It is no surprise, then, that the setting for today’s gospel includes a house. Jesus is concerned about all that makes for human health and flourishing, and wants to bring color to, to renew and revitalize, all aspects of our lives, including our “house” and intimate relationships.
Keeping in mind Jesus’ mission of renewal; keeping in mind the “color” that Jesus can bring to a “neighborhood”; and keeping in mind how readily Jesus enters a home, let us return to today’s gospel.
It is no mistake that, when the Pharisees ask Jesus about divorce, Jesus quotes from Genesis; Jesus is one who renews, and he responds to their question from the context of creation and renewal. “Look,” says Jesus in effect, “marriage is intended to be creative, and a couple, by working on their relationship’s health and vitality, can help God to carry out God’s work of renewing their ‘neighborhood.’” “Marriage is not about the Law, oh you of hardened hearts,” Jesus says. “Marriage is bigger than the Law. Marriage is not about ‘right’ or ‘wrong’—marriage is a relationship. A relationship that has the power to transform a ‘house.’ And the ‘neighborhood.’ And the community beyond.”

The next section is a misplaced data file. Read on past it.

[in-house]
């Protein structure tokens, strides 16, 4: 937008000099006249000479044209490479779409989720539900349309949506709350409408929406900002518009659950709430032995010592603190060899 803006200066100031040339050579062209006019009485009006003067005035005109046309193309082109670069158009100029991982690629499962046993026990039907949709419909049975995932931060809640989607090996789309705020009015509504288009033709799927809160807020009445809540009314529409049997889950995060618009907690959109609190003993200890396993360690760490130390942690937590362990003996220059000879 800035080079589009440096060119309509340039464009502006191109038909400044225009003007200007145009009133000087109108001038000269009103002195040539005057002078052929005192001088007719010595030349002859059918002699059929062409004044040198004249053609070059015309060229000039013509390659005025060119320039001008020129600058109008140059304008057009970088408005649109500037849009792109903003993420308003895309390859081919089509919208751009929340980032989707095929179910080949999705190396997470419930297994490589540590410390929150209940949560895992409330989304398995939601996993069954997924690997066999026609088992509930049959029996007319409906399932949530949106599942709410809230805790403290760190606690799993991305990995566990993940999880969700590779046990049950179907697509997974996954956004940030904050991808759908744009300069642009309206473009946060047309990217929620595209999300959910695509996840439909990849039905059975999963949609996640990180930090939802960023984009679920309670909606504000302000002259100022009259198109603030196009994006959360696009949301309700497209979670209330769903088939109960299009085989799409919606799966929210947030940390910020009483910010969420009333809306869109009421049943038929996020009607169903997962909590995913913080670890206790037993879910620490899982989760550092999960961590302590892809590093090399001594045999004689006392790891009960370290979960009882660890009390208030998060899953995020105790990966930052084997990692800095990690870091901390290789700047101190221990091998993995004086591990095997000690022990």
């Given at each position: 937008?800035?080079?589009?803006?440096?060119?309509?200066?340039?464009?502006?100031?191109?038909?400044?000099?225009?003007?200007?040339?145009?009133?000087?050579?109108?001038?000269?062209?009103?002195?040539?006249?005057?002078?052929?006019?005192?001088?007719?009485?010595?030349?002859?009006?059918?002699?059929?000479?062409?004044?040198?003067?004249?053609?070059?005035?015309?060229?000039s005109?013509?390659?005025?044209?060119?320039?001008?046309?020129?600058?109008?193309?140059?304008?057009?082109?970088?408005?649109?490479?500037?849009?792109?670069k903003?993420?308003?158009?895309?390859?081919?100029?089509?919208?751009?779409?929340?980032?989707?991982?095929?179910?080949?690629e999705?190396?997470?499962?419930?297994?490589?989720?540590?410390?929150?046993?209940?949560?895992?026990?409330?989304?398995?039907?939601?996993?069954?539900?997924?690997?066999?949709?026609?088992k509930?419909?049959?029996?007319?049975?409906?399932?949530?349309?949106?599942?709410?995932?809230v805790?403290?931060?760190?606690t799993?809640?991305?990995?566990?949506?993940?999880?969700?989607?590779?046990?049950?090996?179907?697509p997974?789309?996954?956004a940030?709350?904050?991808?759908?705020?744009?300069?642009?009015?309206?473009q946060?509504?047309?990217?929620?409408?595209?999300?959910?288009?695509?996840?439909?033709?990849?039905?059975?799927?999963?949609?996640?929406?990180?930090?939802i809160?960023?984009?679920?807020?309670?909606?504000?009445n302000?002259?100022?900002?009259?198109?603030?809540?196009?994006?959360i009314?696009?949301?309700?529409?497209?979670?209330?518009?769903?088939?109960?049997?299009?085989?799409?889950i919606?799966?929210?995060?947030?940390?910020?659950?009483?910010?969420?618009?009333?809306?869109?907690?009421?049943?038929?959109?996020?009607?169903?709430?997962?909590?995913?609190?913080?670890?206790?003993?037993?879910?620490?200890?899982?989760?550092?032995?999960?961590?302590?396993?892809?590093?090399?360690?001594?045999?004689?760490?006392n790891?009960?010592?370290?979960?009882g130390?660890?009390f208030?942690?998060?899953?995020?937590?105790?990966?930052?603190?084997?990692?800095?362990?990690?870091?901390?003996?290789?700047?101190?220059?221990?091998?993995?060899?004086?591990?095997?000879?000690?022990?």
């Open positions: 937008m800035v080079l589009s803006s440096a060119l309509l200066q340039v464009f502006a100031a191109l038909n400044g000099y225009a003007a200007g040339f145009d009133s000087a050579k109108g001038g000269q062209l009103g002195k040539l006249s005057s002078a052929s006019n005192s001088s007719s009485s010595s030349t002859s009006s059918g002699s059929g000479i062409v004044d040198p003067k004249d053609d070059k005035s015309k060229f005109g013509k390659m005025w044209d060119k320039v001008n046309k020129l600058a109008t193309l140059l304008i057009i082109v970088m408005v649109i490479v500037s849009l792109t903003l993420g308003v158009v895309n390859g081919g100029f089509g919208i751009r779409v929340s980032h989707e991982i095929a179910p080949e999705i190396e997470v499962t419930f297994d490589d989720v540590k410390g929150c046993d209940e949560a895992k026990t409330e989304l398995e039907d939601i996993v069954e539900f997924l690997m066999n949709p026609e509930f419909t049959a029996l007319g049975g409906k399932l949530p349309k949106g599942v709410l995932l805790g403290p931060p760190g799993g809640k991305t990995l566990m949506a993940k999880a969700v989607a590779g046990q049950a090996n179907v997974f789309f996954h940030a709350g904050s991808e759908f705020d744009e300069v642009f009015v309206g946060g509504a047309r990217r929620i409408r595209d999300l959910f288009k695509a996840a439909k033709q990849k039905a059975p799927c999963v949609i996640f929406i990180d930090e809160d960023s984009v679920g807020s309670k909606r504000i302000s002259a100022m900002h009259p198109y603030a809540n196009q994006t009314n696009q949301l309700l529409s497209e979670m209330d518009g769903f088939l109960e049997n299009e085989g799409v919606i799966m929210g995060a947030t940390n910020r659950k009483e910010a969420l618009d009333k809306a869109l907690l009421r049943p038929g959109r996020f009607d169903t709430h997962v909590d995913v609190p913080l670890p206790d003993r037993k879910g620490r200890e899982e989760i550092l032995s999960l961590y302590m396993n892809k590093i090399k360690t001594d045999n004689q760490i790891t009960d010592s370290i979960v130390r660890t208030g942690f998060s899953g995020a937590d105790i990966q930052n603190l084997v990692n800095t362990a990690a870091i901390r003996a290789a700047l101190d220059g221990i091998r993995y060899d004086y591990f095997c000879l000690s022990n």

I know that Jesus said “What God has joined together, let no one separate.” But I also know that Jesus knows that we live in a fallen world. (That our world is fallen is why Jesus came to live in our neighborhood.) I know that Jesus understands that things do not always go the way we planned and that sometimes a marriage’s unity may be marred beyond what we can repair. And I know that Jesus knows how painful it can be when the “color” fades from a relationship and we see no possibility of its being renewed.
As we consider what Jesus said in today’s gospel and the realities of our fallen world, I don’t fully know what to say; I don’t have an answer. But I do have an invitation: I invite us to consider our marriages and close relationships in the context of Mark’s Gospel and how readily Jesus is willing to enter a house. I invite us to consider how Jesus is present in our “neighborhood” and how Jesus is concerned with its “beauty,” and that our homes be places of “growth, support, nurture and refuge.” I invite us to remember—as he did in Mark—how Jesus desires to bring healing and good news to people in our house.